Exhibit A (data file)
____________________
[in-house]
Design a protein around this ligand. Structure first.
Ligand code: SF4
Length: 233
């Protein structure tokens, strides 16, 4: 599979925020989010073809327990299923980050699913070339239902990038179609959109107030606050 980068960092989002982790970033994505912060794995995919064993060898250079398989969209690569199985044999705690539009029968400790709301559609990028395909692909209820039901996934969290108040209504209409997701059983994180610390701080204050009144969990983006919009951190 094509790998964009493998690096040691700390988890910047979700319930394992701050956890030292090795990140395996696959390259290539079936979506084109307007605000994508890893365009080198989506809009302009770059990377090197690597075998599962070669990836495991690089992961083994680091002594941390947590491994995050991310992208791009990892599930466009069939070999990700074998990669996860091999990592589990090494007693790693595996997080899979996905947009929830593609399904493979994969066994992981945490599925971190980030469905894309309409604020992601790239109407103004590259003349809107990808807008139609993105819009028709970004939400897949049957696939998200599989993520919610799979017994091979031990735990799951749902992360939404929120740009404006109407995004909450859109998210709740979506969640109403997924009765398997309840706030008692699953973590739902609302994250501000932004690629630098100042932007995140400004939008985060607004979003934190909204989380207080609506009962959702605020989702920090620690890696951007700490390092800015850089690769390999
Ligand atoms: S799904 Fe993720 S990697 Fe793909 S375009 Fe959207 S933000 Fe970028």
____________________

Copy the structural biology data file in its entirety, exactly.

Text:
[in-house]
Design a protein around this ligand. Structure first.
Ligand code: SF4
Length: 233
């Protein structure tokens, strides 16, 4: 599979925020989010073809327990299923980050699913070339239902990038179609959109107030606050 980068960092989002982790970033994505912060794995995919064993060898250079398989969209690569199985044999705690539009029968400790709301559609990028395909692909209820039901996934969290108040209504209409997701059983994180610390701080204050009144969990983006919009951190 094509790998964009493998690096040691700390988890910047979700319930394992701050956890030292090795990140395996696959390259290539079936979506084109307007605000994508890893365009080198989506809009302009770059990377090197690597075998599962070669990836495991690089992961083994680091002594941390947590491994995050991310992208791009990892599930466009069939070999990700074998990669996860091999990592589990090494007693790693595996997080899979996905947009929830593609399904493979994969066994992981945490599925971190980030469905894309309409604020992601790239109407103004590259003349809107990808807008139609993105819009028709970004939400897949049957696939998200599989993520919610799979017994091979031990735990799951749902992360939404929120740009404006109407995004909450859109998210709740979506969640109403997924009765398997309840706030008692699953973590739902609302994250501000932004690629630098100042932007995140400004939008985060607004979003934190909204989380207080609506009962959702605020989702920090620690890696951007700490390092800015850089690769390999
Ligand atoms: S799904 Fe993720 S990697 Fe793909 S375009 Fe959207 S933000 Fe970028």